Jim has a B.S. in Computer Science and Economics from Carnegie Mellon University, an M.S. in Information Technology - Software Engineering from Carnegie Mellon University, as well as a Masters in Business Administration from Johns Hopkins University. His approach to personal finance is that of an engineer, breaking down complex subjects into bite-sized easily understood concepts that you can use in your daily life.

One of his favorite tools (here's my treasure chest of tools,, everything I use) is Personal Capital, which enables him to manage his finances in just 15-minutes each month. They also offer financial planning, such as a Retirement Planning Tool that can tell you if you're on track to retire when you want. It's free.

He is also diversifying his investment portfolio by adding a little bit of real estate. But not rental homes, because he doesn't want a second job, it's diversified small investments in a few commercial properties and farms in Illinois, Louisiana, and California through AcreTrader.

Recently, he's invested in a few pieces of art on Masterworks too.

>> Read more articles by Jim

Opinions expressed here are the author's alone, not those of any bank or financial institution. This content has not been reviewed, approved or otherwise endorsed by any of these entities.

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  1. Ms. Frugal Asian Finance says

    If I travel for work, I’ll ask our country office to do the exchange for me. If I go home in Asia, I’ll ask my family. If I travel for fun, I’ll get the currency at the bank.

    Thanks for the tips!

  2. Kyle Burbank says

    Interesting that BofA was more than Wells Fargo for GBP — the opposite was the case the last two times I’ve looked for other types of currency. Good to know that it might actually differ not only by bank but by the type of currency you’re looking for.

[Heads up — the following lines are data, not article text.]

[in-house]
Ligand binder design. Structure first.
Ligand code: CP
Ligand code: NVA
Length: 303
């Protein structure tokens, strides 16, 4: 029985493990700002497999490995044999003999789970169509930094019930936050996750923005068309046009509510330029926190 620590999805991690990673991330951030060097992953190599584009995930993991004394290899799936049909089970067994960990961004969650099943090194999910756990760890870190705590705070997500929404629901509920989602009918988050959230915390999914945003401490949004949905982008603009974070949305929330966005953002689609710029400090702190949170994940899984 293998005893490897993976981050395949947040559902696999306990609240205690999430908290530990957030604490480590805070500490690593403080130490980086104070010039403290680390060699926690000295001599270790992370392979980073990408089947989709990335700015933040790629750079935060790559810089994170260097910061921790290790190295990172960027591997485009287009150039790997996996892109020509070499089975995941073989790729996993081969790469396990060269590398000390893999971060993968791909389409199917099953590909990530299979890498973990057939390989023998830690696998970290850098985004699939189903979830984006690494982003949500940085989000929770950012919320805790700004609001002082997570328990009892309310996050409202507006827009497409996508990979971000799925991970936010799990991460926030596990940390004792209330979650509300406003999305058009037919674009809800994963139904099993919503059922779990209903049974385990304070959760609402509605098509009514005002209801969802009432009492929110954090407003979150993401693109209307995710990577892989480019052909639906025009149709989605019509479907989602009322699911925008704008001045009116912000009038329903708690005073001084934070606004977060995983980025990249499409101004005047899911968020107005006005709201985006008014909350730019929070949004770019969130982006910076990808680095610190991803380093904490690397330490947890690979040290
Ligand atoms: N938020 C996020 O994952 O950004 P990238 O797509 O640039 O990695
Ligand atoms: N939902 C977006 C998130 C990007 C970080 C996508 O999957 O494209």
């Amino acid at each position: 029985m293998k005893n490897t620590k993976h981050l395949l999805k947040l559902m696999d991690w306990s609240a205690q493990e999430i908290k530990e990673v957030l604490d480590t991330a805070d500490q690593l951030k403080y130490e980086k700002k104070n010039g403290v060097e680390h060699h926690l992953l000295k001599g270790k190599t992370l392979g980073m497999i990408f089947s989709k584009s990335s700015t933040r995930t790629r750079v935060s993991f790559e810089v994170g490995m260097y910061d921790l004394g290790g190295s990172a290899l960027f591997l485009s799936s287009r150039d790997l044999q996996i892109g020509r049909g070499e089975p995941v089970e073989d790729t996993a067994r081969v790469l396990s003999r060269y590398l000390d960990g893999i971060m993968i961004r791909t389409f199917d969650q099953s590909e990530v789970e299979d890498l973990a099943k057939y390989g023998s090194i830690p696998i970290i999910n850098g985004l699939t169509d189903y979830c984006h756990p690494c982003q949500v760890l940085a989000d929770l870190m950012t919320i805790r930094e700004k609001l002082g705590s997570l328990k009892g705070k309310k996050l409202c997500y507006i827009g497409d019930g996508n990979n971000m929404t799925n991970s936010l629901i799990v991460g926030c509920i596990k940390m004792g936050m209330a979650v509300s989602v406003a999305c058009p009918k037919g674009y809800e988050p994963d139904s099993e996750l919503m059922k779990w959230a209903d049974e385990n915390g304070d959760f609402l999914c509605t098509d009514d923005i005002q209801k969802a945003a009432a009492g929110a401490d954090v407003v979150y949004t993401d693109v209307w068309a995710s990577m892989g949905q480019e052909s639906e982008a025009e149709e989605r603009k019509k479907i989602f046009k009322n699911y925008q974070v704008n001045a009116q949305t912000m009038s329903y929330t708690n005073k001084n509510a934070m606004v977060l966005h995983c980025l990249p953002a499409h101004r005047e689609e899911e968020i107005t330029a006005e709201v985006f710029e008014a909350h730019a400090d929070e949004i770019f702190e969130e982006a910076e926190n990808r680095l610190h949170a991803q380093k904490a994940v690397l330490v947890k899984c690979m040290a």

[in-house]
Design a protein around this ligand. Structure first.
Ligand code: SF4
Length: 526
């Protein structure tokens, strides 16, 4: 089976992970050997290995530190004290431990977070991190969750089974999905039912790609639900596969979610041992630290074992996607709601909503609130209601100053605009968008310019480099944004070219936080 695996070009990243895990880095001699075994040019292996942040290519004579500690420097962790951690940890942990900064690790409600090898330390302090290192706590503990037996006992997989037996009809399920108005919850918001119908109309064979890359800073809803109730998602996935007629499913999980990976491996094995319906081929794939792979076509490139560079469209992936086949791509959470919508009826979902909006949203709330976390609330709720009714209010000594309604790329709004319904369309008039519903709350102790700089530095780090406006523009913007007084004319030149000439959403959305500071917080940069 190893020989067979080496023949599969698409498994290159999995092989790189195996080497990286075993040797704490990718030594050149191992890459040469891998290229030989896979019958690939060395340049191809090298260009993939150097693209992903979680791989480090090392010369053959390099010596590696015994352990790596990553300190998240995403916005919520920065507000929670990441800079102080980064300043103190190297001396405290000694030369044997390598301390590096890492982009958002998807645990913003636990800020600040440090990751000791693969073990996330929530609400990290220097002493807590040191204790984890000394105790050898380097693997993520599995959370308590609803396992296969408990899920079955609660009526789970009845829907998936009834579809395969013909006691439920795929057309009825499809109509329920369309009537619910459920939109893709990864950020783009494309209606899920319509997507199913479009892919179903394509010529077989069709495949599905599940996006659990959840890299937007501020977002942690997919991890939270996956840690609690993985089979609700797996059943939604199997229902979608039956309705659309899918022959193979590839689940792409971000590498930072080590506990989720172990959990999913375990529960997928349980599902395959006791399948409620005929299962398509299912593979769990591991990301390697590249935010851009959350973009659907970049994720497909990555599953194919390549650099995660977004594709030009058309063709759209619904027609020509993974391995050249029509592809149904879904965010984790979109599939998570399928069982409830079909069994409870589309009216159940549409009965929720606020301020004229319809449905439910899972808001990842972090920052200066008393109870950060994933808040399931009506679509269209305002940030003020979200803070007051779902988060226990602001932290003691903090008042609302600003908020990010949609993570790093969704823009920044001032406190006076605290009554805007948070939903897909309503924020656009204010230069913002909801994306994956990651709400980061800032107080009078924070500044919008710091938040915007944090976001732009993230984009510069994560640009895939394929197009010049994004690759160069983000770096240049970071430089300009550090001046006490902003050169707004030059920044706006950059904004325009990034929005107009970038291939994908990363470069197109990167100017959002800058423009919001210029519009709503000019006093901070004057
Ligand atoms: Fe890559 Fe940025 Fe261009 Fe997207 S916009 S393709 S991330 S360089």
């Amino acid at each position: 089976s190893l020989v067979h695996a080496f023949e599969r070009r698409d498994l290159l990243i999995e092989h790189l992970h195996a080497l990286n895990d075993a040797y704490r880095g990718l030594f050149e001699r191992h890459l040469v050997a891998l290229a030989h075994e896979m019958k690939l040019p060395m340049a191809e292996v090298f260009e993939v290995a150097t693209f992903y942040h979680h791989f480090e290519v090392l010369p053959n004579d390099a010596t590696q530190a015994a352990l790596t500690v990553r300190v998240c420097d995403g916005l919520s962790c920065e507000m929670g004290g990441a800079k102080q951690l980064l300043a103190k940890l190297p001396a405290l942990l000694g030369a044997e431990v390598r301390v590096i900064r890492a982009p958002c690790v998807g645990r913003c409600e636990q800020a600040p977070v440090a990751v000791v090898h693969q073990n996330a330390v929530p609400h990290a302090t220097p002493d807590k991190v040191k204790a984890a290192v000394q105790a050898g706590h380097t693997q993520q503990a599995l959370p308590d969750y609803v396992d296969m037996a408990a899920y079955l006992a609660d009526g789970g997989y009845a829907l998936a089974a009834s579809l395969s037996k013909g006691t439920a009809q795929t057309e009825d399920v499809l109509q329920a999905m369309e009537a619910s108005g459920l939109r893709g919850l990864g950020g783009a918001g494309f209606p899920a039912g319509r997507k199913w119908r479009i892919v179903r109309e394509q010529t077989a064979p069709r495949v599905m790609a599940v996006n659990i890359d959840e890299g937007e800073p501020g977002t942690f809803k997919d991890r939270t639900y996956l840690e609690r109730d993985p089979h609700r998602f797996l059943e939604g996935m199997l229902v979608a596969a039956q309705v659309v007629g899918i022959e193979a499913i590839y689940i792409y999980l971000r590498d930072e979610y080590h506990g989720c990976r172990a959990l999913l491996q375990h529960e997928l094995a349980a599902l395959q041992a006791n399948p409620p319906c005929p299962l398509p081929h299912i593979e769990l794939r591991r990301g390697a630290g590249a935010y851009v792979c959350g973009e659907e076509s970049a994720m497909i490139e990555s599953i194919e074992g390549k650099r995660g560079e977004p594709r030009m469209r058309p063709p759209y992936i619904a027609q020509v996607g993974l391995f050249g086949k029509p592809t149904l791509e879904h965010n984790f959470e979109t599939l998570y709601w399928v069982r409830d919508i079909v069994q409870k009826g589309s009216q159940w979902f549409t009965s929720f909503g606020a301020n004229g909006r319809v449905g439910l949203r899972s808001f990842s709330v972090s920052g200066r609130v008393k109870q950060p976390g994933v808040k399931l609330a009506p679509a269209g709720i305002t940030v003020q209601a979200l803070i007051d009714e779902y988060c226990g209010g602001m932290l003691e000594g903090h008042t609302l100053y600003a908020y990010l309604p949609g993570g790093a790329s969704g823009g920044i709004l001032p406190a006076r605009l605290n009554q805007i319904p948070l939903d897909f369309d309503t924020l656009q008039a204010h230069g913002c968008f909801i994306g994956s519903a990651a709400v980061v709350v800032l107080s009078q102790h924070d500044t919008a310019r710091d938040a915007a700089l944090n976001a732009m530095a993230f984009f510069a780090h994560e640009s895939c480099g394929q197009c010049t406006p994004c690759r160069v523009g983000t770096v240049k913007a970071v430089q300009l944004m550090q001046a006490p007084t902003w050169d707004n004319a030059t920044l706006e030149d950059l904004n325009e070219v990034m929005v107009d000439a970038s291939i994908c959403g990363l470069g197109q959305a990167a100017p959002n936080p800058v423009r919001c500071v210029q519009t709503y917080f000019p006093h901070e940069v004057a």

I’ve also had great success with smaller foreign currency vendors that tend to offer much better rates. Unfortunately, this was back in LA and not every city is as lucky :-/ Great piece, Jim!

    • Jim Wang says

      I think it also depends on when they update their rates. They’ll be so close that it’s not uncommon for them to flip based on timing.

      Thanks Kyle!

  3. Shan says

    When I traveled to Guatemala earlier this year I exchanged money ahead of time through Bank of America as you mentioned above. I had it delivered to my local branch and they notified me when it was ready for pickup. The exchange rate was not the best but it worked out well since our tour guide was going to take us to a local ATM when we arrived but then he decided not to because it was a Friday before a big holiday and he said there would be big lines at the bank.
    I used a credit card with no foreign transaction fees when I could (Bank of America Travel Rewards card).
    And then I used a USAA ATM card when I needed more cash. USAA does not charge an extra fee for foreign withdrawals and will refund any ATM fees up to a certain amount per month (I think $15?). I don’t think you need to be a member of the military to open a USAA bank account, though I am not totally sure on that.

    • Allison says

      USAA only refunds up to $15 a month in ATM fees if the ATM is in the United States. Also, you have to be a military member or family of a military member to open a USAA account.

  4. Matt Miller says

    The Chase Southwest Card is great! I use it for all my purchases and then pay that puppy off each month. I haven’t used it abroad yet but it sounds like a good plan if you don’t need physical cash. I used USD in many foreign countries and the people often accepted it. Funny thing is though that a lot of the merchants wanted newer bills and they seemed to value large denominations over small. Enjoy England!

  5. Katherine says

    About 20 years ago, I arrived in Brussels and planned to immediately get cash from the ATM. Unfortunately, the security guards that accompany the ATM maintenance people were on strike! My hotel was able to cash a check for me or I really would have been screwed! Luckily, we can use credit cards virtually every where now so cash isn’t as critical.

  6. Mark & Lyndon says

    We use BoA, and their association with Merrill Lynch made it so that we had enough in the bank and ML that BoA didn’t charge us to use an ATM (anywhere) while we were in Austria, Italy, Hungary and Czech Republic. We are at the Platinum Honors tier due to the ML account and the BoA checking/savings accounts (combined). When we called them to ask about the charges we could expect we were told that we’d be offered FREE transactions for our entire trip and that is exactly what we got every time we drew money out of any ATM. We were only charged the going exchange rate for ATM’s which is better anyway.

  7. richerstronger says

    Transferwise all the way!
    Free mastercard, no fee exchange rate, once you use it you’ll leave behind banks and their ilk